MPs pass Jarvis bill to extend protections for pregnant women and new parents

Katie Neame
© David Woolfall/CC BY 3.0

Dan Jarvis’ bill on extending job protections for pregnant women and new parents has passed its third reading, during which the Labour MP stressed the “big difference” the legislation would make to tens of thousands of working families.

The private members’ bill – which would extend redundancy protections for pregnant women and new parents – completed its passage through the Commons today and is due to be introduced to the Lords on Monday for further scrutiny.

Addressing the Commons during the third reading, Jarvis said: “Many of us here know all too well the trials and tribulations of becoming a new parent. Everything can be a worry.”

“Today, we have the chance to alleviate some of that anxiety by ensuring that one of the things new parents are less worried about is whether they’ll have a job to return to after taking parental leave,” the MP for Barnsley Central said.

Jarvis argued that the bill would “make a big difference to tens of thousands of working families every single year”. He declared that the UK is experiencing an “epidemic of discrimination against women at work”, telling MPs: “I’m determined to try and break this cycle of intolerance, inequity and inaction.”

“Pregnant women don’t just deserve to feel safe in their roles, they have a right to be safe. And with a cost-of-living crisis meaning millions are falling into poverty, we can’t wait any longer to act,” the Labour backbencher added.

Kevin Hollinrake said the government was “pleased” to support the bill, arguing that its proposals are “wholly in line with our ongoing commitment to support workers and build a high-skilled, high productivity, high-wage economy”.

The business minister said: “These measures will provide invaluable support and protection for pregnant women and new parents. A little bit more security during these times in people’s lives is so important. The evidence and analysis of the need to introduce additional protection is absolutely clear.”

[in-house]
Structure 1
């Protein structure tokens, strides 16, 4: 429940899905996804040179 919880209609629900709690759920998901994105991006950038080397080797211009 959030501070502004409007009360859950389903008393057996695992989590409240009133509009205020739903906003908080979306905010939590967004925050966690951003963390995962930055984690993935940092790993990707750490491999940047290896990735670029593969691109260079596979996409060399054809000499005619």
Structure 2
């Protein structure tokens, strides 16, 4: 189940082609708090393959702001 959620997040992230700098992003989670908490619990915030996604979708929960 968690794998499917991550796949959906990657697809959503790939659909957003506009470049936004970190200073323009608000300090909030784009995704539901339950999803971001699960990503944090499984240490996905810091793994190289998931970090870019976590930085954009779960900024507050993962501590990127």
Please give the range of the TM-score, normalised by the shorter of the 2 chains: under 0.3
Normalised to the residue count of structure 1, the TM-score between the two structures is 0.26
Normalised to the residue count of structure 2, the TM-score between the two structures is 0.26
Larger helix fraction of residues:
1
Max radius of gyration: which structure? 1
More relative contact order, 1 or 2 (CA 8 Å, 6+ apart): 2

The bill would prevent an employer from making a woman redundant from the moment she announces her pregnancy until her child is 18 months old. Currently, redundancy protections only apply when women are on maternity or parental leave.

According to a report by the Equality and Human Rights Commission, published in 2015, at least 54,000 women were being forced out of the workplace every year after becoming pregnant – a figure that had almost doubled since 2005.

The bill would place a statutory duty on employers to prioritise soon-to-be and new parents in a redundancy situation by offering them a suitable alternative vacancy if their job becomes at risk, rather than simply inviting them to apply.

Several Tory MPs spoke in favour of the bill during the debate. Angela Richardson told MPs she was “delighted” the legislation had been brought forward, highlighting the protections included for women who have gone through miscarriage. The Tory MP said it is “incredibly important” that MPs “recognise the effects of miscarriage”.

Fellow Tory backbencher Gareth Bacon described the bill as “extremely necessary”, adding: “It’s only right that we remove any barriers that hinder women from achieving their ambitions.”

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